Book Nerd Interview
Photo Credit to Jesse Smith
Frances Whiting is one of Australia’s best known and most popular writers. A senior feature writer for Queensland’s premier weekend magazine, Q Weekend in the Courier Mail, Frances is also a much loved columnist for the Sunday Mail, and other Sunday newspapers around Australia, with her weekly column now in its nineteenth year. Two bestselling collections of her columns have been published in Australia: Oh to Be a Marching Girl (2003), and That’s a Home Run, Tiger! (2006). Frances lives in Brisbane, Queensland with her husband and two children.
Was there a defining moment during your youth when you realized you wanted to be a writer?
Not so much my youth, but in my early thirties! When left school I became a primary school teacher, which I enjoyed but I never really felt in was a lifetime career for me.
Later, when I returned home from an extended overseas working holiday where I had taught in Europe and the UK, I felt I had reached the end of my road as a teacher.
I knew I wanted to do something else, but what? I spoke to a lot of my friends about the way I was feeling and they ALL said, WRITE. I was a little shocked, to be honest, but
they reminded me that in primary school I used to write serials and read them aloud in instalments at lunch time ( I had forgotten!), and in high school I wrote short stories for friends, which I had also forgotten!
Then my family chimed in telling me about how as a child I was forever writing stories... and slowly it dawned on me that I had never really stopped writing, but that I had never considered it as a career.
So I went back to university and did a journalism degree, and began to write for a living. I loved it, and still do. But I'm glad it took me so long because now when I visit schools as a guest teacher I can tell the students not
to panic if they haven't found their way yet, or have no idea what they want to do, because it takes some of us a bit longer than others _ and also if there is something you are really meant to do, it has a way of finding you.
Why is storytelling so important for all of us?
Gosh, that's a great question...because it's how we speak to each other through generations, how civilisation explains itself to itself, and
because sometimes, when life is just too hard, a good story offers escape, clarity and salvation when nothing else can.
Beyond your own work (of course), what is your all-time favorite book and why? And what is your favorite book outside of your genre?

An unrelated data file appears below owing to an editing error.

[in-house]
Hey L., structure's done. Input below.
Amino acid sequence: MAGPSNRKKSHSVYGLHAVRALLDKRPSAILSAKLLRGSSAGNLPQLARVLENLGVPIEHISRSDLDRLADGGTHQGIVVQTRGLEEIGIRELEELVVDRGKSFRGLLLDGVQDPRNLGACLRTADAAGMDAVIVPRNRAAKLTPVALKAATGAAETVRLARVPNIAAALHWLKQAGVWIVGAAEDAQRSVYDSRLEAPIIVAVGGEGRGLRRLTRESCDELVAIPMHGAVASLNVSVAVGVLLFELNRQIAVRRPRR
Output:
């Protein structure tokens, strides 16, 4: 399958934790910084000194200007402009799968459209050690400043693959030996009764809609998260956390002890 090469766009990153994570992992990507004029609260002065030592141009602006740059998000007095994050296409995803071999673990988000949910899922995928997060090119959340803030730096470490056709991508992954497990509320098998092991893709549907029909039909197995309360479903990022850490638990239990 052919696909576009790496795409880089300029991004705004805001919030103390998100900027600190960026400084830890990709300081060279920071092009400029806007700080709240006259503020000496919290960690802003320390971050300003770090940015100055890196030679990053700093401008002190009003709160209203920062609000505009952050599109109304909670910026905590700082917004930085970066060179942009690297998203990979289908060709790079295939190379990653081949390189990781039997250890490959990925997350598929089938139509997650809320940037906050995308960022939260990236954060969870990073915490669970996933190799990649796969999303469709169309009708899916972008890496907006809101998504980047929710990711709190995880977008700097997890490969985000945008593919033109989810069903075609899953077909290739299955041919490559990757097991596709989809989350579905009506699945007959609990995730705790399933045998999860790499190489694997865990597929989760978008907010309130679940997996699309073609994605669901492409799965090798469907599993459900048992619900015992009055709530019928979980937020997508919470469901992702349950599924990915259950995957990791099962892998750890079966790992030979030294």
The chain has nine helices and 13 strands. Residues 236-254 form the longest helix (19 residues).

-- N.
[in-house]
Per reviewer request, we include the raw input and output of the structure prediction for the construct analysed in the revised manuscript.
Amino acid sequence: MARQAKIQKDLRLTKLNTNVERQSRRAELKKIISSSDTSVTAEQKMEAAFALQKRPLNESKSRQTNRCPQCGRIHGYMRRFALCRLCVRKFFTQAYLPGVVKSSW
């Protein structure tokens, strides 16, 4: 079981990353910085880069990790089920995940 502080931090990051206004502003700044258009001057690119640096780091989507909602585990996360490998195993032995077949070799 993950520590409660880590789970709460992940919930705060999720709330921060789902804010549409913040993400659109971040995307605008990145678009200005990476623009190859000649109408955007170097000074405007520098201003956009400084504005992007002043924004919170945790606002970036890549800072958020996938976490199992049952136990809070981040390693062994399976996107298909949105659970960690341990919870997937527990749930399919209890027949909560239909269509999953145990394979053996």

Mmmmm, so many but I'm going to go with Clive James "Unreliable Memoirs'' because it proved to me that you can be a sublime writer and funny at the same time!
James sets the bar for me, in terms of taking the reader with you. To read this book is to travel to London as a serious, young writer and be HOPELESSLY out of place, fast running out of time to make your mark, but
knowing somewhere deep inside that you can write, you will write, and that everything will somehow be all right in the end...
Outside of my genre....Shadow of the Wind by Carlos Ruiz Zafron.... what an astonishing book... it is much more of a mystery/fantasy novel than I would usually read but it took my breath away.
It is just so beautifully written, and a damn fine, rollicking tale...I highly recommend it.
What is the best piece of advice you ever received from another author
"Put down that wine!" No, I think convincing me of the value of the rewrite, that you don't have to get it right first time.
I still struggle with that, it may be the journalist coming out in me, but I want every sentence to be just right.
I met an author at a Writer's Festival here in Australia, and we were speaking about this and she said to me "You need to think of editing or re-writing as a gift,
where else in your life do you get to do-over something again and again and again until you're completely happy with it?"
What are some of your current and future projects that you can share with us?
Well, I'm coming to the United States for the first time with my family and hope to meet some readers there, I'm working on my second novel which is
at its heart about double lives, I'm working on a television series script with another writer here in Australia and I'm raising my family with, I hope, enthusiasm, humour and love!
“Tallulah de Longland,” she said slowly, letting all the L’s in my name loll about lazily in her mouth before passing judgment. “That,” she announced, “is a serious glamorgeous name.”
From the day Annabelle Andrews sashays into her classroom, Tallulah ‘Lulu’ de Longland is bewitched: by Annabelle, by her family, and by their sprawling, crumbling house tumbling down to the river. Their unlikely friendship intensifies through a secret language where they share confidences about their unusual mothers, first loves, and growing up in the small coastal town of Juniper Bay. But the euphoria of youth rarely lasts, and the implosion that destroys their friendship leaves lasting scars and a legacy of self-doubt that haunts Lulu into adulthood.
Years later, Lulu is presented with a choice: remain the perpetual good girl who misses out, or finally step out from the shadows and do something extraordinary. And possibly unforgivable… It’s not how far you fall, but how high you bounce.
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